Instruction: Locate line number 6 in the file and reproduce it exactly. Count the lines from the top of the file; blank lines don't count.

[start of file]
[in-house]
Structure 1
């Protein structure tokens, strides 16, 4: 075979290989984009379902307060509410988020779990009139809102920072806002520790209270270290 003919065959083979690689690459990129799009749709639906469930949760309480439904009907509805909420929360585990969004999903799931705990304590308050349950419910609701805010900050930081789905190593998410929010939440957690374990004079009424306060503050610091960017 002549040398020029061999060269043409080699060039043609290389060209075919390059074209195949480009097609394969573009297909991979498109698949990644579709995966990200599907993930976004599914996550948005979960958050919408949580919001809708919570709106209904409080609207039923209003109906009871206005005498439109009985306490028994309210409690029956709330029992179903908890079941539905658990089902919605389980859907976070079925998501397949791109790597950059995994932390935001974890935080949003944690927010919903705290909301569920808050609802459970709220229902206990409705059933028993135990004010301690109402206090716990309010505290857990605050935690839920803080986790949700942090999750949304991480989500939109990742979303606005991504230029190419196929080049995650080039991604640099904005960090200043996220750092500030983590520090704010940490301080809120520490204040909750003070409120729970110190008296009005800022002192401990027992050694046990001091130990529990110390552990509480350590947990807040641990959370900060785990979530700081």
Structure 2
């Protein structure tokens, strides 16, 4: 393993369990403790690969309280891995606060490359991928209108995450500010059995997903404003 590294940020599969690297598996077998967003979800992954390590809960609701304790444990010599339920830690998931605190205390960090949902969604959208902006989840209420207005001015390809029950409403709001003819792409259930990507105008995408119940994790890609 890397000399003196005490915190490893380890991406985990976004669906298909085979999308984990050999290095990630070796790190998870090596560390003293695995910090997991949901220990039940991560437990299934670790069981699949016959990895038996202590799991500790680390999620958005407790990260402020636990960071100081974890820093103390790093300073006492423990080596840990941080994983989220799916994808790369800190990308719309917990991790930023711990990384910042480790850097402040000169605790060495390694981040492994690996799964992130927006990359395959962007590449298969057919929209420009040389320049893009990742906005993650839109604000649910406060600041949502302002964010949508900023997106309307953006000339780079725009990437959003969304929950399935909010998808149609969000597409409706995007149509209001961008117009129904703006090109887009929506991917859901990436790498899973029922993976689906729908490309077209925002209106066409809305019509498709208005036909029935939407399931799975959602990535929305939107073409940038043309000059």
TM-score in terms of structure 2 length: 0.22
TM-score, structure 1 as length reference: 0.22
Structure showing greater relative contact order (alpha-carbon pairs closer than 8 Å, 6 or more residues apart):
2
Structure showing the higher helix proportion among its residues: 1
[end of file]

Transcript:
TM-score in terms of structure 2 length: 0.22